Once your key pages are fully mocked-up and you have an idea of the design direction, code a prototype in HTML and CSS that you can test and use as a blueprint to implement your website.
Why an HTML & CSS prototype?
A prototype in HTML & CSS will allow you to quickly assemble responsive layouts, experiment with typography and grids, test interactions, and iterate cost-effectively to ensure that you build the best product for your users. Prototyping is the foundation for coding static websites.
The 6 Simple Prototyping Steps will teach you in six steps how to implement high-performing interfaces quickly in HTML & CSS, following best practices in accessibility, progressive enhancement, performance and CSS.
You can also use this checklist and best-practice to improve the efficiency and performance of an existing website that you have.
These checklists and tips solve the issues we faced over 17 years of designing and implementing digital products for businesses.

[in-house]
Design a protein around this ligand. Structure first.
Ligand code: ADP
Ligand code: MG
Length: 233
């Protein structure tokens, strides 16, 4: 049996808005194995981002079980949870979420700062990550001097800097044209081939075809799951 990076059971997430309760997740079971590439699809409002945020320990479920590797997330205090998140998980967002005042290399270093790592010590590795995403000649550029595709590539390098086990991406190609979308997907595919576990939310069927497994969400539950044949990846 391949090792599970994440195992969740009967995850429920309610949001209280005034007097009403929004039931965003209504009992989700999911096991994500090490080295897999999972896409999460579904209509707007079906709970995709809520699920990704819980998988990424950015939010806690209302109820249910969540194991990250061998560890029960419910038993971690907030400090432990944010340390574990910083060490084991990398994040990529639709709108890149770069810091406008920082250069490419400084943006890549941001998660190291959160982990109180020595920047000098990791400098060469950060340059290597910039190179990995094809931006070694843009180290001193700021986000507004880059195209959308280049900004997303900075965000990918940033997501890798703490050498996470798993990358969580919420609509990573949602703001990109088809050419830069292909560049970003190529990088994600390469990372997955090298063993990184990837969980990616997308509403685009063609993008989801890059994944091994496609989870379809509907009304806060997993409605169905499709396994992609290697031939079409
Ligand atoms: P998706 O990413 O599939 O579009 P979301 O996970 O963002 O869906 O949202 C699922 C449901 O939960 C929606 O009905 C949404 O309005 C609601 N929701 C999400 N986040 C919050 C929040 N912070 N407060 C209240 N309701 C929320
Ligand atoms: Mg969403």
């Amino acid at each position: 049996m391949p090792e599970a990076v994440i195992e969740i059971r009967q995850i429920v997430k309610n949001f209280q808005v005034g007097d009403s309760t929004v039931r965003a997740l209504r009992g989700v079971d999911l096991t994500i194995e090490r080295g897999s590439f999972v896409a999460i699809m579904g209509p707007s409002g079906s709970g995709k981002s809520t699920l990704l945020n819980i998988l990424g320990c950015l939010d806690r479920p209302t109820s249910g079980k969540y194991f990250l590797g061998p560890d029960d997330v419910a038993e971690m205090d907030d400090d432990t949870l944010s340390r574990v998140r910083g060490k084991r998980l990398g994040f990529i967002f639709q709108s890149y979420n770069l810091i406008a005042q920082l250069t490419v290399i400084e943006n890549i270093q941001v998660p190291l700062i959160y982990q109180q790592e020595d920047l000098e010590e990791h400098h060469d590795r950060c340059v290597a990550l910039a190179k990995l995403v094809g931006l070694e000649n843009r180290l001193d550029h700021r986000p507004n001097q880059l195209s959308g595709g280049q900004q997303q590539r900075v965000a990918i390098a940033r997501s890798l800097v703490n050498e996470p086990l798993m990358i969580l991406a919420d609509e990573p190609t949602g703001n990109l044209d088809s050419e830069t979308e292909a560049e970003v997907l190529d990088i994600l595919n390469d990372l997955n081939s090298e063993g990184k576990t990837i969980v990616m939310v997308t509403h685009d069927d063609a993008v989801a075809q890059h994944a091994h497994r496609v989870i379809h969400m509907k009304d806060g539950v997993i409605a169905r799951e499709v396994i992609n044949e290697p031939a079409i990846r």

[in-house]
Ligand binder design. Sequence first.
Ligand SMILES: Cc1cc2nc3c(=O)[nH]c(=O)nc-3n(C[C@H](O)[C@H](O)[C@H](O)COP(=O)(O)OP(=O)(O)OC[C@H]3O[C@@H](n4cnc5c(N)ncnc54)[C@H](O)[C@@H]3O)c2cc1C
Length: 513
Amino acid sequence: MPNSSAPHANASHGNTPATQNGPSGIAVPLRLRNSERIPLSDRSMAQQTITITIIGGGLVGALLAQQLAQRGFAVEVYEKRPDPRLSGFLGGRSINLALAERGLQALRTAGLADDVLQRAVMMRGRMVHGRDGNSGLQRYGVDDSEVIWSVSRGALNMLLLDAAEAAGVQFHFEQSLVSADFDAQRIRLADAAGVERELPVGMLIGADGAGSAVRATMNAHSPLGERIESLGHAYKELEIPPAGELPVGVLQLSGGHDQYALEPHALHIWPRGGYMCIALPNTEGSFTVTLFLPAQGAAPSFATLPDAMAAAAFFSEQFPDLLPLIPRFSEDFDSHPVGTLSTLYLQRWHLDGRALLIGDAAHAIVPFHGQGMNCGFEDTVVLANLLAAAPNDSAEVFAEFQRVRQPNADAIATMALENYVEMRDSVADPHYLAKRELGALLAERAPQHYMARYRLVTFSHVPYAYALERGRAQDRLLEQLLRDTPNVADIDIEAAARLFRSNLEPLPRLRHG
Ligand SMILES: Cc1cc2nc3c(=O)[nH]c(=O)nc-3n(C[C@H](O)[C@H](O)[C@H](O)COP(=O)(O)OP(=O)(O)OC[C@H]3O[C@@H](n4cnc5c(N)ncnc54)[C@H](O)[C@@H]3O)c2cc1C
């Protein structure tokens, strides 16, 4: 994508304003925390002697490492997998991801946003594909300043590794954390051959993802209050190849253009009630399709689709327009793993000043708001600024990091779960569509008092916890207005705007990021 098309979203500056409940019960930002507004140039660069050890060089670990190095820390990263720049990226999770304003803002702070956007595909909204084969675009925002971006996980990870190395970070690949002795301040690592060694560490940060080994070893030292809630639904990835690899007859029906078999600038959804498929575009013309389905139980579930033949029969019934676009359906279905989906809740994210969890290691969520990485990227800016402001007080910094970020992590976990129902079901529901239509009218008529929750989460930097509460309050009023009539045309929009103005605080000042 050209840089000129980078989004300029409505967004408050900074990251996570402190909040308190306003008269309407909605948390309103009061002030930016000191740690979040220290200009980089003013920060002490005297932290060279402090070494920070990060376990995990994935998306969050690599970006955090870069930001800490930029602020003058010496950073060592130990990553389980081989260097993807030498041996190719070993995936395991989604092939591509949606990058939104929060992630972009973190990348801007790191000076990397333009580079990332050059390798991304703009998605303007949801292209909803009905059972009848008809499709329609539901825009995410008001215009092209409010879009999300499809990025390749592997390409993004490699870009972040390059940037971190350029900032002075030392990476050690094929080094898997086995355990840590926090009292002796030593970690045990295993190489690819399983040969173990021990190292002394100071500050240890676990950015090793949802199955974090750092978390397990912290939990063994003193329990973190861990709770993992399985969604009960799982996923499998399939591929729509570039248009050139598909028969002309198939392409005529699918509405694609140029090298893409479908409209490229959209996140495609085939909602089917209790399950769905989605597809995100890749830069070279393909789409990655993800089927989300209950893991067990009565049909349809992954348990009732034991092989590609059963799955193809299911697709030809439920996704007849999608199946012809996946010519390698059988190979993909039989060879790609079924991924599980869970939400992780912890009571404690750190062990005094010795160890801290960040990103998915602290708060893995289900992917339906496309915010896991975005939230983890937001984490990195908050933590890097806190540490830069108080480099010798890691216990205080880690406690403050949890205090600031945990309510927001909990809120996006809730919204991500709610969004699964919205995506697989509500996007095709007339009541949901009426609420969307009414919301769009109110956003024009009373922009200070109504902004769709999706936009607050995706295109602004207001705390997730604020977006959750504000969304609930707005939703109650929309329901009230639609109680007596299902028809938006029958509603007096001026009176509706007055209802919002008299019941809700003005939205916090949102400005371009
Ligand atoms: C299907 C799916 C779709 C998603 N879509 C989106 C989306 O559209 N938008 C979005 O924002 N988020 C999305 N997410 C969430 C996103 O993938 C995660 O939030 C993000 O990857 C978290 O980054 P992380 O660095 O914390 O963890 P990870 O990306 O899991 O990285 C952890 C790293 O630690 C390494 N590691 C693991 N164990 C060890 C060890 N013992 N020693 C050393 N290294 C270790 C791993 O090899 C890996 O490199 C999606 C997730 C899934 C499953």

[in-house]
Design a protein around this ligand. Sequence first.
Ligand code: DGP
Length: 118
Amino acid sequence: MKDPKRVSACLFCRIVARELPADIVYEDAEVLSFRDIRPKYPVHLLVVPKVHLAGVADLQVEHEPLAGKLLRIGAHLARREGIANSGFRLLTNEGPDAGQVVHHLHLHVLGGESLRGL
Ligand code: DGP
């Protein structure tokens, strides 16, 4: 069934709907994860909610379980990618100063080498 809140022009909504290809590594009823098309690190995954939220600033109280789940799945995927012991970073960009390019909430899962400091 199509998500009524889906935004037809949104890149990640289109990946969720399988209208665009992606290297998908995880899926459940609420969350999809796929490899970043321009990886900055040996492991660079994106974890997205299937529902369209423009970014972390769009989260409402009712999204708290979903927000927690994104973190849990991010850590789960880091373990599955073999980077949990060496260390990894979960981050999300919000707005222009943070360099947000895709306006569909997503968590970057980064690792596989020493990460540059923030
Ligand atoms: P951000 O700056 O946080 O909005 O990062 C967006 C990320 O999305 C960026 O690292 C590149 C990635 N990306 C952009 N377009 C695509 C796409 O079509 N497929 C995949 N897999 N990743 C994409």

A blueprint for developers
If you like to implement your designs on a CMS like Drupal or WordPress, creating a static prototype in HTML & CSS will allow you to:
- Create a blueprint that you can follow to implement the designs;
- Save time in preparing assets such as HTML files, including CSS.
The 6 Simple Prototyping Steps
Take into consideration performance and accessibility
- Setup your project
- Write Semantic HTML
- Consider performance
- Use a clear CSS Structure
- Write Modern CSS
- Test, learn, iterate
By following these steps, you will be able to:
- Implement responsive designs using semantic HTML and Modern CSS;
- Test early concepts effectively to avoid costly errors;
- Optimise your website for better performance and accessibility;
- Organise and maintain your CSS better;
- Have a prototype ready to be implemented on a CMS;
- Build user-friendly interfaces.
Results if you don't follow the principles
If the product fails, you will fail too
- Costly development time
- Bad performance
- Struggle to maintain your project's codebase
- You will stay confused
- Missing oportunity to grow your front-end skills
- Product with poor UX
- Iteration hell